UOIT wind tunnel gets funding to ‘blow away’ the competition

OSHAWA, ONT. Economic development minister Steven Del Duca announces provincial funding for UOIT's automotive centre of excellence (ACE).

UOIT’s Automotive Centre of Excellence (ACE) is getting a $5 million investment to fund improvements to the state-of-the-art testing facility which will assist auto makers in developing more fuel efficient vehicles.


Minister of Economic Development and Growth Steven Del Duca was at ACE on Feb. 12 to announce $4 million in funding will come from the province.


The other million will come from automotive supplier Magna International, according to David Pascoe, vice-president of Engineering at Magna.


The money will be used to pay for the addition of a “rolling-road” or moving ground plane (MGP) to ACE’s climatic wind tunnel.


The tunnel simulates harsh weather conditions, such as extreme temperatures or hurricane-force winds and is routinely used to test various aspects of vehicles. It can test the overall resiliency and wind resistance of automobiles—something which can lead to the development of more environmentally-conscious vehicle designs.


John Komar, Director of ACE, said the tunnel mainly focuses on measuring the aerodynamics of automobiles. “Getting the best aerodynamic design [in vehicles] is one of the elements you need to reduce greenhouse gases,” he said.


A MPG is essentially a high-tech moving belt under the vehicles which improves testing conditions, especially when measuring the aerodynamics of the underside of a vehicle in motion. It’s like a treadmill, but for cars.


Dr. Steven Murphy, incoming president of UOIT, said the installation of a MPG will “transform” the ACE into an industry-leading test centre, and said the investments represent “a vote of confidence for our university.”


Del Duca said it is important for the province to invest in innovative facilities like ACE, because the auto industry is rapidly developing with new technologies.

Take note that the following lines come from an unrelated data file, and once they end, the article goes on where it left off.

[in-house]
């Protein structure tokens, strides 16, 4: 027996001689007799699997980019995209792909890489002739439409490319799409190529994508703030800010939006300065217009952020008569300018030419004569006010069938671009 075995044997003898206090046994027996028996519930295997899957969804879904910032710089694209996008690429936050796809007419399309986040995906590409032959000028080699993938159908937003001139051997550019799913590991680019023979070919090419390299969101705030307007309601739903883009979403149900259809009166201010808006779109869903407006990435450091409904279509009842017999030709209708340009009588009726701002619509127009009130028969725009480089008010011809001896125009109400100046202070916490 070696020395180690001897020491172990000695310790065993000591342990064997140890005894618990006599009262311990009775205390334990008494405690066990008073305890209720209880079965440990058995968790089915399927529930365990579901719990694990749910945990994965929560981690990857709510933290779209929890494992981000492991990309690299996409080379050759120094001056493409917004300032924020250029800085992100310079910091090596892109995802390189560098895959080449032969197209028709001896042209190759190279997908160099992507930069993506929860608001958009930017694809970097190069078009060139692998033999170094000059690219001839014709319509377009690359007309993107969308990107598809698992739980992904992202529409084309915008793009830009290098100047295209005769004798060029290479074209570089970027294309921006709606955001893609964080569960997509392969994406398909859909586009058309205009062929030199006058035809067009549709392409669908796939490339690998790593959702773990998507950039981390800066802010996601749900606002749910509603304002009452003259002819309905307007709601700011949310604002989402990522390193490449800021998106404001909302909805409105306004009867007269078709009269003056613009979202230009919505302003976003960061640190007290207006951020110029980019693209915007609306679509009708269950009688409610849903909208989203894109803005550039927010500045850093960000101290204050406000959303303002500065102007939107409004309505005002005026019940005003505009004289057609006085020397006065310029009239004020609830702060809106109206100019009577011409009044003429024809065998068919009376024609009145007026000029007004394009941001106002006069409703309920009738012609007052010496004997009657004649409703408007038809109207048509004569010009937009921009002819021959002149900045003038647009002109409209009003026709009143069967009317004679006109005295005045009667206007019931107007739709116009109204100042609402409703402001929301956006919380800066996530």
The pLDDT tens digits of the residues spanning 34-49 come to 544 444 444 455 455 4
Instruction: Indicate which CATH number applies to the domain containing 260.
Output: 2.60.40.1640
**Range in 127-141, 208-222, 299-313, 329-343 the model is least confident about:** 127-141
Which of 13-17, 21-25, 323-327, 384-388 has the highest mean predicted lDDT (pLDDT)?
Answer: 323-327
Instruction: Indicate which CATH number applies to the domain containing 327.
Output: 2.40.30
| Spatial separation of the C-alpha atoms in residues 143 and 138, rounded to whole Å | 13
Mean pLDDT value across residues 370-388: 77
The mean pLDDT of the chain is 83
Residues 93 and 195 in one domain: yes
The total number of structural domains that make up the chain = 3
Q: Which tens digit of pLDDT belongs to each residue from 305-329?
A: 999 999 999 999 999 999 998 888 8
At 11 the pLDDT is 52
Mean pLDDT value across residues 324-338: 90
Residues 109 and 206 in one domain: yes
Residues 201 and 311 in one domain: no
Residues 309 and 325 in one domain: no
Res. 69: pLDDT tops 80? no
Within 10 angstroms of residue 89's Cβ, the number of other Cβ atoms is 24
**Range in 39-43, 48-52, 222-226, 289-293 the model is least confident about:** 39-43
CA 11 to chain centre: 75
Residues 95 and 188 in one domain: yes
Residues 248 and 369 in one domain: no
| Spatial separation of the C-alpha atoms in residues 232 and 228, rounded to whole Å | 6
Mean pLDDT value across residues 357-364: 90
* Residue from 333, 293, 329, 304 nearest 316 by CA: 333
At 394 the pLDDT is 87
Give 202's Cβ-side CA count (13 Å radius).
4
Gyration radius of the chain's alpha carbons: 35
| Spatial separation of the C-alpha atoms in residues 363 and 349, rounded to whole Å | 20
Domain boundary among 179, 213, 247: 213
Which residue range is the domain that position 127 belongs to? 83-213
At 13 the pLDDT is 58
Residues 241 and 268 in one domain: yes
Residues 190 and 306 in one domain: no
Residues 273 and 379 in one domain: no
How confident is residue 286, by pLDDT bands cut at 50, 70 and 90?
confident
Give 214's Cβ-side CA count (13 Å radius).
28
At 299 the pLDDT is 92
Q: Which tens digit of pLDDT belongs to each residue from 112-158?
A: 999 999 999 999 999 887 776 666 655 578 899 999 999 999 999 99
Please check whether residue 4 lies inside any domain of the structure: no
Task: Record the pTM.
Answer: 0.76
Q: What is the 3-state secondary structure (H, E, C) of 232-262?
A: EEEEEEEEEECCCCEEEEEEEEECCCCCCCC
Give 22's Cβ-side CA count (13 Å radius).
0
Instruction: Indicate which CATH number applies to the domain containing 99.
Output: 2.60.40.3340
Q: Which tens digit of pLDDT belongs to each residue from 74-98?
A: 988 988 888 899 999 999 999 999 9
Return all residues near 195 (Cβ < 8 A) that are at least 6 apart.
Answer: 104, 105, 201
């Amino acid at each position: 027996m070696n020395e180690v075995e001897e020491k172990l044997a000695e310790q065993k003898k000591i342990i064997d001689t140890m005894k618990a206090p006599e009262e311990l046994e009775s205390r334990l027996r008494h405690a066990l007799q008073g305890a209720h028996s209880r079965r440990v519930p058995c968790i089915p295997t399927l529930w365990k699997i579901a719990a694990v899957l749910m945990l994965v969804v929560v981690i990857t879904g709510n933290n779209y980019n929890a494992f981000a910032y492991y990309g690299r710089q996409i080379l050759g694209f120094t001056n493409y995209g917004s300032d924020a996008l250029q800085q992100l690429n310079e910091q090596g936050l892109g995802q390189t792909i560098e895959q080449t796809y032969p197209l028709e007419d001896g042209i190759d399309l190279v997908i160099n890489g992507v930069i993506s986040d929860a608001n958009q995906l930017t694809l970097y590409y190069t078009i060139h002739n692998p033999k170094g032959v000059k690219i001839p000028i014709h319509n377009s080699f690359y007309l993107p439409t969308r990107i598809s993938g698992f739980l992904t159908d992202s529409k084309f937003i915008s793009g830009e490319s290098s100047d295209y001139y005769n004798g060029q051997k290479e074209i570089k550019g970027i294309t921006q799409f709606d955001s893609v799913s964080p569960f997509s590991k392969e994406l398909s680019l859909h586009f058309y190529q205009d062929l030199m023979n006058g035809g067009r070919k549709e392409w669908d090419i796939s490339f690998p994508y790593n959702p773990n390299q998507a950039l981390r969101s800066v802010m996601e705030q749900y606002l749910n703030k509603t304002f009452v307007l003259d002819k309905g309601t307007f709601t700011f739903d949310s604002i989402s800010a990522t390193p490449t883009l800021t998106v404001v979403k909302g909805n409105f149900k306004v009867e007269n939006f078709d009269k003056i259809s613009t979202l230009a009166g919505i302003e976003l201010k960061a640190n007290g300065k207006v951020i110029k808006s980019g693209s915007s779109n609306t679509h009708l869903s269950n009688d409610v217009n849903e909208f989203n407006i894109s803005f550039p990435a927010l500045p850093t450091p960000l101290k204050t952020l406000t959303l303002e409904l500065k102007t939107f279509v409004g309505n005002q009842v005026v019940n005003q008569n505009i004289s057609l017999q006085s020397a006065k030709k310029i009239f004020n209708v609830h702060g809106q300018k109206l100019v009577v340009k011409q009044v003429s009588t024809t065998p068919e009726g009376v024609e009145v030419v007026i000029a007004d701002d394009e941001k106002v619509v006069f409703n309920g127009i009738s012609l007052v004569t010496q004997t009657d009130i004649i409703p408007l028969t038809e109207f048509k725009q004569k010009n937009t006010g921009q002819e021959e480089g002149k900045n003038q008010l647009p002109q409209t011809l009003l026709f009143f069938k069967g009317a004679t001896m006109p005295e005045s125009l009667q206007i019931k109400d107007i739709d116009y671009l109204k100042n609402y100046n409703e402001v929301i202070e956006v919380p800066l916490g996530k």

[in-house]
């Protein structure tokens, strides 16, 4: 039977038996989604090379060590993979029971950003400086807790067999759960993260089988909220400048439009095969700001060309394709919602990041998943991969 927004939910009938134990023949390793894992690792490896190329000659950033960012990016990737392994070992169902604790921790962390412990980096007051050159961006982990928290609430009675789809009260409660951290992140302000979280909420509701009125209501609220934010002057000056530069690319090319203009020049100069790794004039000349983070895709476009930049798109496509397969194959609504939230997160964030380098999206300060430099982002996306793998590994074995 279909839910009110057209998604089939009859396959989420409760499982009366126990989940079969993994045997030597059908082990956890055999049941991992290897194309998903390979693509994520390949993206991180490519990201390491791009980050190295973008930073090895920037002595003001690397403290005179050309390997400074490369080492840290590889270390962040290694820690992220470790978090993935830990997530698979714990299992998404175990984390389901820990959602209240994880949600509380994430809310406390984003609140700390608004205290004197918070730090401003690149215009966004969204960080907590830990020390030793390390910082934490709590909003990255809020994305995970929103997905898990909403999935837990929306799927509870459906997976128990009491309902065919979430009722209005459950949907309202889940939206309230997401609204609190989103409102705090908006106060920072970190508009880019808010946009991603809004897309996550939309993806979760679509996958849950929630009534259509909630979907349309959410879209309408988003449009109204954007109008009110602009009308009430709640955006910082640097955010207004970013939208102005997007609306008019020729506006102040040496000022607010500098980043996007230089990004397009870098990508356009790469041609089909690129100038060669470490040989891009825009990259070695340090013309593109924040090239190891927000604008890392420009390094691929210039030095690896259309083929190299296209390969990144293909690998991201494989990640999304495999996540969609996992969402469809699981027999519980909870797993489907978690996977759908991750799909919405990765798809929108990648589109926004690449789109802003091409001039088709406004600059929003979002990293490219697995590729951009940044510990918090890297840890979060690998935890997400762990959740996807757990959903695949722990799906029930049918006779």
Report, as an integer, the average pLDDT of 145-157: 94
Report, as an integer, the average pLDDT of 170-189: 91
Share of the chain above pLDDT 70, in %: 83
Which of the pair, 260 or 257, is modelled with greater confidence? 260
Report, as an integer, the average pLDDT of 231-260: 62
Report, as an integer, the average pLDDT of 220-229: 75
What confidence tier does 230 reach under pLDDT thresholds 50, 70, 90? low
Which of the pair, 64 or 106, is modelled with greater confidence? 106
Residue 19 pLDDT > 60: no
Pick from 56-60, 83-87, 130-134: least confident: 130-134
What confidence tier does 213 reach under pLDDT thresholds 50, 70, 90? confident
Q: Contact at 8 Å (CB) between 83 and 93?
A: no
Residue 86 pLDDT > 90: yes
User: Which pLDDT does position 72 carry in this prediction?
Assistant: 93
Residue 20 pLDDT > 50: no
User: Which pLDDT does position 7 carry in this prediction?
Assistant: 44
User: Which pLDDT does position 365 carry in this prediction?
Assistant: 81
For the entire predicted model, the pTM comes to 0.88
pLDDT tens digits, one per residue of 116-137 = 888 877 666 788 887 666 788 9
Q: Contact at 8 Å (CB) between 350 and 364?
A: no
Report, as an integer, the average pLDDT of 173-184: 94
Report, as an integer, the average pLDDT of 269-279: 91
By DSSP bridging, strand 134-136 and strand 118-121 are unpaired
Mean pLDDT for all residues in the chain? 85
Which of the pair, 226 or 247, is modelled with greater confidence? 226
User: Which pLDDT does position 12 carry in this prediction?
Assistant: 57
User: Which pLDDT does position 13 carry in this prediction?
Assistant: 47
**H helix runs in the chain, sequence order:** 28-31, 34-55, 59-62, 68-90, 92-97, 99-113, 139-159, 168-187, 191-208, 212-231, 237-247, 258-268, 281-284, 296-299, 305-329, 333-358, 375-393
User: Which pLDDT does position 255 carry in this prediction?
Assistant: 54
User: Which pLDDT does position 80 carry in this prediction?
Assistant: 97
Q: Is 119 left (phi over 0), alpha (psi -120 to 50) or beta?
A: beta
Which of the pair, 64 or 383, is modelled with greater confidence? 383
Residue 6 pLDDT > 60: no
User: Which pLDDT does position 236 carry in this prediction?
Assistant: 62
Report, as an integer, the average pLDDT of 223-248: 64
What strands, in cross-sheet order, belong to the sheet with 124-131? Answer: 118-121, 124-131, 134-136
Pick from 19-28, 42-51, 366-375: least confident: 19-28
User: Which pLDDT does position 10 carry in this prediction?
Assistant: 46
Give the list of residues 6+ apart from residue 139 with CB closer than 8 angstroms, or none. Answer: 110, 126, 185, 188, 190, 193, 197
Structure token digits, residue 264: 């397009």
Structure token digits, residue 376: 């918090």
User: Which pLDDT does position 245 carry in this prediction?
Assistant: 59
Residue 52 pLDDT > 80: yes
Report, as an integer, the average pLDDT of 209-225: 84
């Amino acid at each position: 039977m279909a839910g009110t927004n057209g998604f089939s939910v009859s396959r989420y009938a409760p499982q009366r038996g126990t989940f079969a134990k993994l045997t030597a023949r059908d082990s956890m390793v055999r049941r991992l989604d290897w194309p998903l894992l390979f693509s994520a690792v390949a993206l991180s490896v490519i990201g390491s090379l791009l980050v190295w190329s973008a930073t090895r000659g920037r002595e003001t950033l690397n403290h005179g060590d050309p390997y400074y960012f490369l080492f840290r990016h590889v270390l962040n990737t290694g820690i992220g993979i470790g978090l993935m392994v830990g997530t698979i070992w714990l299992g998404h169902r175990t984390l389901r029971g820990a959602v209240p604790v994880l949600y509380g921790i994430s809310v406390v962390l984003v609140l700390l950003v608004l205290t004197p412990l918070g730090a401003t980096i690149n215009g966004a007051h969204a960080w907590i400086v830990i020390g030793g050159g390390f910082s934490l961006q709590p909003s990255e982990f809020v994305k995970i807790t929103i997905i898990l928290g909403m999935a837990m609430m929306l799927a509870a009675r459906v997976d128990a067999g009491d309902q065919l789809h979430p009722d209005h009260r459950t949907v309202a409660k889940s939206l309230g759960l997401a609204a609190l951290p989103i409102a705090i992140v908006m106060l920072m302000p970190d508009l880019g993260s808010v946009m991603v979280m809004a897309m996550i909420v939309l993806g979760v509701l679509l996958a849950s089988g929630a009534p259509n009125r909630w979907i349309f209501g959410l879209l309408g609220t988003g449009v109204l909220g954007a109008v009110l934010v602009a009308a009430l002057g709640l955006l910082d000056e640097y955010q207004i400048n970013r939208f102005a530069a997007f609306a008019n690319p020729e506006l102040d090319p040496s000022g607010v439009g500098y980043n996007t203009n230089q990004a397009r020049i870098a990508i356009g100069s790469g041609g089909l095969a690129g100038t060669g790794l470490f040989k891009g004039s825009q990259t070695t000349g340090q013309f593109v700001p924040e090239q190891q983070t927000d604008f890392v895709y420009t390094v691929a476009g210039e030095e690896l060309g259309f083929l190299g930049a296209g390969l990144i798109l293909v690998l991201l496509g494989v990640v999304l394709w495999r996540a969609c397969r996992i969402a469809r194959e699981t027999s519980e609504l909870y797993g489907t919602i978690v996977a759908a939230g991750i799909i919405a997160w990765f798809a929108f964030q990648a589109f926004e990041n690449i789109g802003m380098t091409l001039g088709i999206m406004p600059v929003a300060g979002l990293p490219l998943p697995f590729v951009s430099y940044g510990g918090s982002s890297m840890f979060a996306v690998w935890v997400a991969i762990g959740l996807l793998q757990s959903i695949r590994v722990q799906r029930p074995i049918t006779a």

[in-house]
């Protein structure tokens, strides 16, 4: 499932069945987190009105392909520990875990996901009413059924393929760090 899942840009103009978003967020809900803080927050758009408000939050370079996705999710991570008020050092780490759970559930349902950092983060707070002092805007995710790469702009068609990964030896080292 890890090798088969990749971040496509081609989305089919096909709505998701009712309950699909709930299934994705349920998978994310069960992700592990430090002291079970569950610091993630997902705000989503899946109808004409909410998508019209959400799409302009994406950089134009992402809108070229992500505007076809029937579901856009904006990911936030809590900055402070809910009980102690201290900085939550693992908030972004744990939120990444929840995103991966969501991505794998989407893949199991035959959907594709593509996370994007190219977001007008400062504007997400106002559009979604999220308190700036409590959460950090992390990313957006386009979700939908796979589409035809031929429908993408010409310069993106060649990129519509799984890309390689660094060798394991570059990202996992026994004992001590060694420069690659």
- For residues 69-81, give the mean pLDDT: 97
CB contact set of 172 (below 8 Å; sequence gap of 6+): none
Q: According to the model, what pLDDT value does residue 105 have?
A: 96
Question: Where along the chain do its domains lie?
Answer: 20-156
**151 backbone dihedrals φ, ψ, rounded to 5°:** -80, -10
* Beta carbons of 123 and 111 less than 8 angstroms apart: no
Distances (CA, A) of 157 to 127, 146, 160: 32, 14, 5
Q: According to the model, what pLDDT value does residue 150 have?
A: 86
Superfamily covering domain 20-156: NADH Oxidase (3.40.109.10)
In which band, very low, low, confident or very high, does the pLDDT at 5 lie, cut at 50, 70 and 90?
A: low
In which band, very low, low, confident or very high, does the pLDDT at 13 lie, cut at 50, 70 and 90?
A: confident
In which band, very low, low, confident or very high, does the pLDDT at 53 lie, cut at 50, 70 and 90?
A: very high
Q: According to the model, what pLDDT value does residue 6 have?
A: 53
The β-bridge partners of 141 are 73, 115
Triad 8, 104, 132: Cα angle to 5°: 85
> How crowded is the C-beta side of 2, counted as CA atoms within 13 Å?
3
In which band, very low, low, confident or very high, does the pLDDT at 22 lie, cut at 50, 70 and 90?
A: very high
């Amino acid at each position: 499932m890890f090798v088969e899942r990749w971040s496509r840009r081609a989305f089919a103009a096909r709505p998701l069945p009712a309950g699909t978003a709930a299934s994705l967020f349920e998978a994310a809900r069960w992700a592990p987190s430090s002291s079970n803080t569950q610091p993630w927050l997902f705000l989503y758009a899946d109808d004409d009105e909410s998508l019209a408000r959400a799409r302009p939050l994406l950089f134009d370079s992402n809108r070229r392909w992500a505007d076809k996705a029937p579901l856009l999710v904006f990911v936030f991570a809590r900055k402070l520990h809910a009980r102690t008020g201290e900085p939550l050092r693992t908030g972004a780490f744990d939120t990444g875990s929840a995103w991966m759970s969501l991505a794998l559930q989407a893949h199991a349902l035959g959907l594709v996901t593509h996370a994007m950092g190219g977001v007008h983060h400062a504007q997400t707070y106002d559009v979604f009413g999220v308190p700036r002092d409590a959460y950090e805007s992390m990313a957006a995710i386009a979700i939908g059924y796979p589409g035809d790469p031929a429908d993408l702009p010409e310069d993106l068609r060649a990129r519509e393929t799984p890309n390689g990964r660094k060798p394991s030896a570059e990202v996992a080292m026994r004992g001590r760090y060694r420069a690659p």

“What we’re seeing here in this centre is the convergence of high-tech and auto-tech,” said Del Duca. “What you’re doing here is going to be as big a change for the industry as the change was from carriages to cars. And you’re a big reason why Ontario is leading the way in the auto sector.”


Since opening its doors in 2011, the ACE climatic wind tunnel has been used for a wide variety of testing purposes, not just cars and trucks.


Toronto Fire Service has used the tunnel for research and training exercises in blizzard-like conditions. Companies have used the facility to test and develop drones that are more effective at flying in high winds.


At this year’s Olympics, Team Canada’s alpine skiers will be wearing suits which were extensively tested at the tunnel to minimize wind resistance on their speedy descent.


In his announcement, Del Duca said the investments will help students get more hands-on, “experiential learning.”


“It will give students the tools to train and conduct research in a high-tech environment, preparing them for the jobs of the future,” said Del Duca.


The wind tunnel is mainly used by students from engineering and kinesiology programs at the university. It is also occasionally used for research projects involving other programs, especially those related to the STEM fields.